• by María “Cuca” Robledo Montecel, Ph.D. • IDRA Newsletter • February 2000 • Dr. María “Cuca” Robledo Montecel, Ph.D.

Editor’s Note: On January 7, 2000, a federal court ruled against the MALDEF lawsuit regarding the Texas Assessment of Academic Skills (TAAS). The following is a statement by Dr. María “Cuca” Robledo Montecel, executive director of the Intercultural Development Research Association, in response to the ruling.

We are extremely disappointed by Judge Prado’s ruling today. In his opinion, he stated: “The court has determined that the use of the TAAS examination does not have impermissible adverse impact on Texas’ minority students.” IDRA is deeply troubled at his suggestion that there is permissible adverse impact. IDRA has historically understood that all children are valuable, none is expendable.

The original purpose of the TAAS to hold schools accountable for excellence and equity in children’s education has served the children of Texas well. The high-stakes nature of the TAAS – using the test as a requirement for high school graduation or as the sole criterion for retention and promotion decisions – is where Texas went astray. Because they are more likely to attend schools with inadequate resources, minority and low-income students have borne the brunt of the consequences.

IDRA commends MALDEF for attempting to resolve this injustice and for MALDEF’s long-time commitment to the education of children, particularly minority children in Texas. Given the present focus on student performance, the state of Texas has developed a line of defense that assumes that resources are adequate, everything done by the school is proper and if a student fails to learn, the student and only the student must be held accountable. Thus, students have become scapegoats for educational failure.

The TAAS (and similar tests) should not be used as a sole criterion for determining success or graduation. A student with perfect attendance, completing all required courses, having the prescribed number of electives, making no grade lower than an “A” in high school, and attaining a perfect score on the Scholastic Aptitude Test (SAT) cannot graduate and receive a diploma if the TAAS score is below a certain level. Furthermore, the TAAS is not a valid measure since there is no way that the content of the test can be adjusted to represent the curriculum actually experienced by the student. It is dysfunctional and unfair to measure student competence in content that was not taught. IDRA supports approaches that use multiple factors such as coursework and grades to determine promotion and graduation.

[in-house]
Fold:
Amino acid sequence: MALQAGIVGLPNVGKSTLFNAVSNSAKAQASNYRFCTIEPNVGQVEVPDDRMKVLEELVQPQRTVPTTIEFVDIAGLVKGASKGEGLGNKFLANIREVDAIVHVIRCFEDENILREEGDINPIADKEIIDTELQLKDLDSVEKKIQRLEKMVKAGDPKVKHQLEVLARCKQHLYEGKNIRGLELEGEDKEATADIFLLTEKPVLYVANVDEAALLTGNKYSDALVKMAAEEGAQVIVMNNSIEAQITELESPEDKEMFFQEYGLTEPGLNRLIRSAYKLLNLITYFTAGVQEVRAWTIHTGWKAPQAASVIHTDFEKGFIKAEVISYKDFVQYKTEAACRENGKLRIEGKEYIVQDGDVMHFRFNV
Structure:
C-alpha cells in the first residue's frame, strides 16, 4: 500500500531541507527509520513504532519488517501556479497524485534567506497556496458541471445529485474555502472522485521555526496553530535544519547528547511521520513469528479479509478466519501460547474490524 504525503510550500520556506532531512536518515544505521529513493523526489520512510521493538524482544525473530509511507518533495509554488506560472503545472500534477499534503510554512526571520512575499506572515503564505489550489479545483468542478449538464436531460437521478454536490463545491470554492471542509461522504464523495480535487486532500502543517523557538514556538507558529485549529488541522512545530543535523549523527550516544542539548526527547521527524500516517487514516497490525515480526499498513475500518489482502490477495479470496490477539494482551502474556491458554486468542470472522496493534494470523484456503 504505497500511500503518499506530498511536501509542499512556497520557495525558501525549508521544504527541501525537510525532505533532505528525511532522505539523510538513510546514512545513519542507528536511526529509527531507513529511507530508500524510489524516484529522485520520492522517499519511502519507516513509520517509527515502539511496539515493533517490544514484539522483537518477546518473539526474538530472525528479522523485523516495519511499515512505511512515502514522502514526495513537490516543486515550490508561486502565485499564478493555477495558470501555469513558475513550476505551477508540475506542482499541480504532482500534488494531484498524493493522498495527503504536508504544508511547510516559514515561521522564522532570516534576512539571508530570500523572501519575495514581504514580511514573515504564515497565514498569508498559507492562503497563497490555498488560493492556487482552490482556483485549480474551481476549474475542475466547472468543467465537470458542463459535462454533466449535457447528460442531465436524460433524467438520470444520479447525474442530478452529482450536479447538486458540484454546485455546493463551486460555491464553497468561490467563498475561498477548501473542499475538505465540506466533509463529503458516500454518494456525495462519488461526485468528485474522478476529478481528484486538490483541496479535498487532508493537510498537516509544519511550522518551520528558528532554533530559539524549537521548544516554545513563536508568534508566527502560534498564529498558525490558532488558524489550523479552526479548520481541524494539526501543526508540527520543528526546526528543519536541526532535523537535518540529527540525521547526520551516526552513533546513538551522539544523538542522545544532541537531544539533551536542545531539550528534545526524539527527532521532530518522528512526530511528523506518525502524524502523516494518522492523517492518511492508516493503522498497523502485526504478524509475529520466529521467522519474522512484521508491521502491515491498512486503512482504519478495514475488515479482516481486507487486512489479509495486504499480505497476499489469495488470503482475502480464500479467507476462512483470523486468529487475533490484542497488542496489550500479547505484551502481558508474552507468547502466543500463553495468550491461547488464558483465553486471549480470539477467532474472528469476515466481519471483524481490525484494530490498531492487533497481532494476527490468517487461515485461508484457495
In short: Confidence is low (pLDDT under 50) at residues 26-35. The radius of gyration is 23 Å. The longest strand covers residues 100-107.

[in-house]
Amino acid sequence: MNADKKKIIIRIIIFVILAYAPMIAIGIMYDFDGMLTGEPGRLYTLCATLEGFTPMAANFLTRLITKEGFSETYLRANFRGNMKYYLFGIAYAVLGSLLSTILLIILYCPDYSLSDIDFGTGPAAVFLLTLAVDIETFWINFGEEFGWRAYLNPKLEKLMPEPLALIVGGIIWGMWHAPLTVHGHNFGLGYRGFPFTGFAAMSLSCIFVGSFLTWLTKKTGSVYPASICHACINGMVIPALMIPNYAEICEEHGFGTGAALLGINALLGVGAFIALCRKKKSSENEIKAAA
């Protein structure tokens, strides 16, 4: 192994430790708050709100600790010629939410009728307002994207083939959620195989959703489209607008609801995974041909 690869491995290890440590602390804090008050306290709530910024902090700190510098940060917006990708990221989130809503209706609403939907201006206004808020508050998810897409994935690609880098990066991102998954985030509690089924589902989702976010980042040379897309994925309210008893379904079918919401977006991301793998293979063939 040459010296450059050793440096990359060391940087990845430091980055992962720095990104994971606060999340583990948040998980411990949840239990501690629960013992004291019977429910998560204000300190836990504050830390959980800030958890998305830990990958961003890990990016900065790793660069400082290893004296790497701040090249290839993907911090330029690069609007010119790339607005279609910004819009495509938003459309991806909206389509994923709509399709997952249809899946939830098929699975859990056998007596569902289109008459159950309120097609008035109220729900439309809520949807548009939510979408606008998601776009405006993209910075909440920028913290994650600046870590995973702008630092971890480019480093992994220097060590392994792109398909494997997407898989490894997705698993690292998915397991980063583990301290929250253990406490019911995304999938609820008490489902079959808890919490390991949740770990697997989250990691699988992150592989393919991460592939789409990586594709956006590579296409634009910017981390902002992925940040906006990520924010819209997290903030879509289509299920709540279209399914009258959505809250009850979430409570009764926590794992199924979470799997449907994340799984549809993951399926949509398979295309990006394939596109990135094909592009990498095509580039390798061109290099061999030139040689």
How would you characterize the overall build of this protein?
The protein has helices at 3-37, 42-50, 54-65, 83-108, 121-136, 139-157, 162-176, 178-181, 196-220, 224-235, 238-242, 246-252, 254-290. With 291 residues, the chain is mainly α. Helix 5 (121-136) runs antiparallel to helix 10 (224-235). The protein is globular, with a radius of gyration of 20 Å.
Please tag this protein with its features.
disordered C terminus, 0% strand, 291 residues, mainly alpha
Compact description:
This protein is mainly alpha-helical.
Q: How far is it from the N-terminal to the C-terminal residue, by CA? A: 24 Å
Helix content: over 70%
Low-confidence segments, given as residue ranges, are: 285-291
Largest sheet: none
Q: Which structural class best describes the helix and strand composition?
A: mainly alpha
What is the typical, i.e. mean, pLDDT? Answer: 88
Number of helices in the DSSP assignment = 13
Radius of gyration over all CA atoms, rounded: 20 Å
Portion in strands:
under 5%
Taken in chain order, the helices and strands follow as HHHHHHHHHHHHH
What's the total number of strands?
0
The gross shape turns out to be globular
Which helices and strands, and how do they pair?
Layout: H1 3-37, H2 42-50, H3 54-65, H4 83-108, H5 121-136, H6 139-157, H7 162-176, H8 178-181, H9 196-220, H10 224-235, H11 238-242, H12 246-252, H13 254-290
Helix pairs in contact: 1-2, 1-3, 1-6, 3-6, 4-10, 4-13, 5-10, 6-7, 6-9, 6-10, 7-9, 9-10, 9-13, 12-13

Considering the limitation of the TAAS and the inability to determine who is responsible for poor performance, the diploma-denial penalty on the student is too severe and long-lasting. Students having met all graduation requirements other than passing the TAAS may spend the rest of their lives in a form of limbo.

To have a successful education system across the state, we must consider more than student performance (outputs) as determined by a single test. Clearly, the gains among minority and low-income students are the result of more than a TAAS-based accountability system. These gains are the result of multiple variables, including long fights for equitable school funding and decreased class size. We must ensure that adequate resources are provided (inputs) and that those resources are used appropriately (processes).

Comments and questions may be directed to her via e-mail at feedback@idra.org.

[©2000, IDRA. This article originally appeared in the February 2000 IDRA Newsletter by the Intercultural Development Research Association. Permission to reproduce this article is granted provided the article is reprinted in its entirety and proper credit is given to IDRA and the author.]